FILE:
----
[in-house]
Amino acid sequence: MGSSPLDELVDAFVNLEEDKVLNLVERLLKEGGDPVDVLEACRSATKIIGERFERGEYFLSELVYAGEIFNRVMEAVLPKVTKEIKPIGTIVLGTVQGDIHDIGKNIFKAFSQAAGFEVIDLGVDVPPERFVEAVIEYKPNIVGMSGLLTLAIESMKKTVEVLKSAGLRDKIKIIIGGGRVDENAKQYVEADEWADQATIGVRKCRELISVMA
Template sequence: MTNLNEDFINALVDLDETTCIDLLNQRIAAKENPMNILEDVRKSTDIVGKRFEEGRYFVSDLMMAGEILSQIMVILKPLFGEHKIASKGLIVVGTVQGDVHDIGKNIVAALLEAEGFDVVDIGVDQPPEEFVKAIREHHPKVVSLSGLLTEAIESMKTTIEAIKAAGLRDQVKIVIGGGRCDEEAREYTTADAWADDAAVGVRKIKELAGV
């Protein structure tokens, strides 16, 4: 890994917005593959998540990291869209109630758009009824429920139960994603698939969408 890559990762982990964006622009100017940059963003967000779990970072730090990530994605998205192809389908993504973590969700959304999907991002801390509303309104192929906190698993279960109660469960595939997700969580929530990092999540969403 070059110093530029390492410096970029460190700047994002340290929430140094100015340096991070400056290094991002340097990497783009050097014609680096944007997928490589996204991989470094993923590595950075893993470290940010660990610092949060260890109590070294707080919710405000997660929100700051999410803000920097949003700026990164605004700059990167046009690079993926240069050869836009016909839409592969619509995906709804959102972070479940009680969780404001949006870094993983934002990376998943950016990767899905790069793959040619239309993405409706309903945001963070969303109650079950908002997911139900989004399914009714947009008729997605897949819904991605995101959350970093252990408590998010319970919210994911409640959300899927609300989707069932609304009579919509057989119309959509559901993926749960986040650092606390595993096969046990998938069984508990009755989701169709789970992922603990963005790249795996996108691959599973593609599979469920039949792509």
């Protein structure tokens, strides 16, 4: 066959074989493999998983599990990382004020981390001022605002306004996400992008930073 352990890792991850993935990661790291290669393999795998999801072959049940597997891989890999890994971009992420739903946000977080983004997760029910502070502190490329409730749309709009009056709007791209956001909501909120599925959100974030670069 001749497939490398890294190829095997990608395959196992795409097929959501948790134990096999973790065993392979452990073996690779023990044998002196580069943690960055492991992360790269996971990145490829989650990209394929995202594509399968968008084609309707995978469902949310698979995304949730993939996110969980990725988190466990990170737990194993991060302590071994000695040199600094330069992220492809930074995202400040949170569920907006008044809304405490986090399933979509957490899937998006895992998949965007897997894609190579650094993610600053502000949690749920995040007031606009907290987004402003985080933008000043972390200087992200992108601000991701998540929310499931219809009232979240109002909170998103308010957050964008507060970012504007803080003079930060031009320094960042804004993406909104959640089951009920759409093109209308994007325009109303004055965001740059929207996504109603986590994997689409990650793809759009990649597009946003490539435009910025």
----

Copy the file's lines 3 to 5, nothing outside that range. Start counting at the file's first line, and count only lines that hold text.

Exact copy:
Template sequence: MTNLNEDFINALVDLDETTCIDLLNQRIAAKENPMNILEDVRKSTDIVGKRFEEGRYFVSDLMMAGEILSQIMVILKPLFGEHKIASKGLIVVGTVQGDVHDIGKNIVAALLEAEGFDVVDIGVDQPPEEFVKAIREHHPKVVSLSGLLTEAIESMKTTIEAIKAAGLRDQVKIVIGGGRCDEEAREYTTADAWADDAAVGVRKIKELAGV
């Protein structure tokens, strides 16, 4: 890994917005593959998540990291869209109630758009009824429920139960994603698939969408 890559990762982990964006622009100017940059963003967000779990970072730090990530994605998205192809389908993504973590969700959304999907991002801390509303309104192929906190698993279960109660469960595939997700969580929530990092999540969403 070059110093530029390492410096970029460190700047994002340290929430140094100015340096991070400056290094991002340097990497783009050097014609680096944007997928490589996204991989470094993923590595950075893993470290940010660990610092949060260890109590070294707080919710405000997660929100700051999410803000920097949003700026990164605004700059990167046009690079993926240069050869836009016909839409592969619509995906709804959102972070479940009680969780404001949006870094993983934002990376998943950016990767899905790069793959040619239309993405409706309903945001963070969303109650079950908002997911139900989004399914009714947009008729997605897949819904991605995101959350970093252990408590998010319970919210994911409640959300899927609300989707069932609304009579919509057989119309959509559901993926749960986040650092606390595993096969046990998938069984508990009755989701169709789970992922603990963005790249795996996108691959599973593609599979469920039949792509």
């Protein structure tokens, strides 16, 4: 066959074989493999998983599990990382004020981390001022605002306004996400992008930073 352990890792991850993935990661790291290669393999795998999801072959049940597997891989890999890994971009992420739903946000977080983004997760029910502070502190490329409730749309709009009056709007791209956001909501909120599925959100974030670069 001749497939490398890294190829095997990608395959196992795409097929959501948790134990096999973790065993392979452990073996690779023990044998002196580069943690960055492991992360790269996971990145490829989650990209394929995202594509399968968008084609309707995978469902949310698979995304949730993939996110969980990725988190466990990170737990194993991060302590071994000695040199600094330069992220492809930074995202400040949170569920907006008044809304405490986090399933979509957490899937998006895992998949965007897997894609190579650094993610600053502000949690749920995040007031606009907290987004402003985080933008000043972390200087992200992108601000991701998540929310499931219809009232979240109002909170998103308010957050964008507060970012504007803080003079930060031009320094960042804004993406909104959640089951009920759409093109209308994007325009109303004055965001740059929207996504109603986590994997689409990650793809759009990649597009946003490539435009910025």